The scene depicts an offering being made by Horus Bedhety or as Ihy, referring to his aspect as a sistrum player, to the goddess Hathor (who in later evolutions of mythology is his mother) seated before a giant menat necklace.
He is presenting a sistrum, bearing the face of Hathor just like those on the menat necklace. To the left - and enlarged in typical style to simply fill available space - is the counterweight which hung down a person's back, connected by four beaded strings to the necklace.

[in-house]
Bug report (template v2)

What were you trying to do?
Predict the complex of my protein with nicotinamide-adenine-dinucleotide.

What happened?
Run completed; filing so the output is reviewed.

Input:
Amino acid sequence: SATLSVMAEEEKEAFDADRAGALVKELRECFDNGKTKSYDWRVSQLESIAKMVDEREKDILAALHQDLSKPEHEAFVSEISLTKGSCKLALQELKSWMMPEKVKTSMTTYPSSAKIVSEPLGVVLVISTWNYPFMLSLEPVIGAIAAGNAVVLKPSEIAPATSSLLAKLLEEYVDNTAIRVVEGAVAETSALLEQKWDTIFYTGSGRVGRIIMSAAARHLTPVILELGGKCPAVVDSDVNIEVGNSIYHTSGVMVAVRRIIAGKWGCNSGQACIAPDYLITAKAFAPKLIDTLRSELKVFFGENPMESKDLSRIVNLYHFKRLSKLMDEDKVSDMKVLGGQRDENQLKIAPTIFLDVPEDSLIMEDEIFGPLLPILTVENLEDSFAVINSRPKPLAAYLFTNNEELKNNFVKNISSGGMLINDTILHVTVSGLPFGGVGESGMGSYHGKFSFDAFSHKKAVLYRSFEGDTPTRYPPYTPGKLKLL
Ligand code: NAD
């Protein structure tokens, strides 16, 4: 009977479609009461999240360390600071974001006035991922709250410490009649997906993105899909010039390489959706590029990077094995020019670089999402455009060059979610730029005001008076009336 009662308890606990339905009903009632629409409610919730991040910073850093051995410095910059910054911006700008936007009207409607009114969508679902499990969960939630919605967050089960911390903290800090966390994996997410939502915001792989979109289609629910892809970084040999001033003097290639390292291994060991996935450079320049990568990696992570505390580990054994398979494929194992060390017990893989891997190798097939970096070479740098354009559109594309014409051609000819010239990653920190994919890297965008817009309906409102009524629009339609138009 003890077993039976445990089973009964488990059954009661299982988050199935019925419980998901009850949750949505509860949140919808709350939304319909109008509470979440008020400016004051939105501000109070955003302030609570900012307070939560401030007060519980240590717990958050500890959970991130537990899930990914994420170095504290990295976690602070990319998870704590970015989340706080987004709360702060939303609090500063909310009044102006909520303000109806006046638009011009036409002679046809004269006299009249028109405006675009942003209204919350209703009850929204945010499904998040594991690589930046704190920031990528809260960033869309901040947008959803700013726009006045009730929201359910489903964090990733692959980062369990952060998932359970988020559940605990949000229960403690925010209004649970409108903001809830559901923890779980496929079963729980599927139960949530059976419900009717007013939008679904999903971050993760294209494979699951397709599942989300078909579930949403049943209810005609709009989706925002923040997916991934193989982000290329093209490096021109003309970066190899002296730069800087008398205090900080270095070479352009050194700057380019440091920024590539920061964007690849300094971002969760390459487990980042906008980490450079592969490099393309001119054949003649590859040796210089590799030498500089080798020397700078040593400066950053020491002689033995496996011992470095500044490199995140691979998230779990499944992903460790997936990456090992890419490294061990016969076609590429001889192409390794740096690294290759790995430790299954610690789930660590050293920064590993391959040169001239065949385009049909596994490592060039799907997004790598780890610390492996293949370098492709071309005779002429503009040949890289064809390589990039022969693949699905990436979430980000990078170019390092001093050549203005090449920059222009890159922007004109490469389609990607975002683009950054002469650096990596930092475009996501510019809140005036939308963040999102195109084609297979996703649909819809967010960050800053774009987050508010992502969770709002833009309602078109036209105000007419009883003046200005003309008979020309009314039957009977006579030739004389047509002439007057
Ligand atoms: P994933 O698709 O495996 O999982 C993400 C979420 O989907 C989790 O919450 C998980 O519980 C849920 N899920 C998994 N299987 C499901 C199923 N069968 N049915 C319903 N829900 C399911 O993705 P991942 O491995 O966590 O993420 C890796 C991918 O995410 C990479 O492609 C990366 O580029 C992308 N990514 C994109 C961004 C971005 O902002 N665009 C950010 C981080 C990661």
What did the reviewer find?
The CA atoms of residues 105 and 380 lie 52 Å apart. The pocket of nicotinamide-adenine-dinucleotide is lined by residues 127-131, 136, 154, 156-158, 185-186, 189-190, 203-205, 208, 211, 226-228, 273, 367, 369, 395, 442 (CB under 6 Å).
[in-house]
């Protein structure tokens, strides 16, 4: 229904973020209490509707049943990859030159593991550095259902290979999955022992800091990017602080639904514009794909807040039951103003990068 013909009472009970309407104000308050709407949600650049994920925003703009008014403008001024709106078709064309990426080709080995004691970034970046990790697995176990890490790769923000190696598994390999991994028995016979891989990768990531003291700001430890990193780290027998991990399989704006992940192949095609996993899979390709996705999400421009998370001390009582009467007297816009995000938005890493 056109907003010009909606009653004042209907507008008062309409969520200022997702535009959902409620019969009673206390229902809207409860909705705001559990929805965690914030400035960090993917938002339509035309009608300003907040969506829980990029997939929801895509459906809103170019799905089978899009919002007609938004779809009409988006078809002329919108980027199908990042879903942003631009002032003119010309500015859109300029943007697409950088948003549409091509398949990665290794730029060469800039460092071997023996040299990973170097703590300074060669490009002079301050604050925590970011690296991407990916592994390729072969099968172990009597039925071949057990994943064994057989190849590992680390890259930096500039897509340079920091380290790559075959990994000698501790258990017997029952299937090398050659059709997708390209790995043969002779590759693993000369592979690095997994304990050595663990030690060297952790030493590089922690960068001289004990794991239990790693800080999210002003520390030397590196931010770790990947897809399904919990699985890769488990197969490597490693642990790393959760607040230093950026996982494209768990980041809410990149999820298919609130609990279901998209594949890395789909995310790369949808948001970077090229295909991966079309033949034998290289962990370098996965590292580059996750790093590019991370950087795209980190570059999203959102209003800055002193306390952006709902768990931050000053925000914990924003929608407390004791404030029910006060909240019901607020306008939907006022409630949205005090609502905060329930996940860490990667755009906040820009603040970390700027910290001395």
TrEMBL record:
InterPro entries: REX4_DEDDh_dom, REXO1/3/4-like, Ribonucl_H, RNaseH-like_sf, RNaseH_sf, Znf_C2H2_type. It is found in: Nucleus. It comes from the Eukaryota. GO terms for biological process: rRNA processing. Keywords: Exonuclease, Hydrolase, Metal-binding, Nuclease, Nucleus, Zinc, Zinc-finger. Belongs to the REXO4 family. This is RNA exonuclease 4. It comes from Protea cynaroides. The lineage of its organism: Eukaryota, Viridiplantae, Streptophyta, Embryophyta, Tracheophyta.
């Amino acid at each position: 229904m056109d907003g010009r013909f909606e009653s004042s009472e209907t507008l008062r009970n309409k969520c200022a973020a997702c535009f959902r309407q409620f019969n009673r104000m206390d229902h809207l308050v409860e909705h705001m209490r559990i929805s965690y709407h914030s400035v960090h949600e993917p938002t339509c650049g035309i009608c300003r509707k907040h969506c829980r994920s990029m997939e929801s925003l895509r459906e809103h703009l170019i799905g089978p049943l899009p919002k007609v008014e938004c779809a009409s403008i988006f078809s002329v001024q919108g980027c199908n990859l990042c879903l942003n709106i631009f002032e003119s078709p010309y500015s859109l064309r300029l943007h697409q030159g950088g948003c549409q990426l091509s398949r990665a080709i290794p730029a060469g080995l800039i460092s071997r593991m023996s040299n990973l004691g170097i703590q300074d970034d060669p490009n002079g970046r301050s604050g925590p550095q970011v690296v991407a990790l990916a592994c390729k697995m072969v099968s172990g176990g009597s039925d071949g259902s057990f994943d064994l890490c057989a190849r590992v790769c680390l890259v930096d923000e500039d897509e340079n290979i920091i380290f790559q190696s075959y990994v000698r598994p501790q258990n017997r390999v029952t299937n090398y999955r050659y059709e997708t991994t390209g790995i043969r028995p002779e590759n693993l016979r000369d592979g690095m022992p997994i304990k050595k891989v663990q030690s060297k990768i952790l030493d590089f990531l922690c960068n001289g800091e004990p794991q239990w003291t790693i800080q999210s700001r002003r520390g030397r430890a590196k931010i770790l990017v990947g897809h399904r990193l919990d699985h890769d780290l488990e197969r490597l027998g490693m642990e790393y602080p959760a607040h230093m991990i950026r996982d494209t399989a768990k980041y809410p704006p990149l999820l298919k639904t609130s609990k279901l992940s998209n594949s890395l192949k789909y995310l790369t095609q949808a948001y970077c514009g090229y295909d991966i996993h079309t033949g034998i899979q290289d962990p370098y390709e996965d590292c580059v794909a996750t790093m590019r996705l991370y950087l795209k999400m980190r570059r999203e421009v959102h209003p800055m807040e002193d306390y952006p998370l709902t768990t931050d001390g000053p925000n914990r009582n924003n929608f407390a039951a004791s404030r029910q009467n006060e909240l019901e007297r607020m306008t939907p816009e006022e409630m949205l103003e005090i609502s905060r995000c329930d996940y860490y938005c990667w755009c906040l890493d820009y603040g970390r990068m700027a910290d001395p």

If you look closely at the seated figure of Hathor, you will notice that she too wears such a menat necklace.
Between two of the sistrums on the giant necklace, a solar barque can be seen.
This relief is not a scene depicting a myth or a legend, Will.
It is an offering scene which features Hathor prominently because the temple at Dendera was erected in her name. The idea of Hathor being the mother of Horus attests to the idea of this relief being very late, associated with the Ptolemaic dynasty (305 BC to 30 BC, so not really what we consider 'Ancient Egyptian.')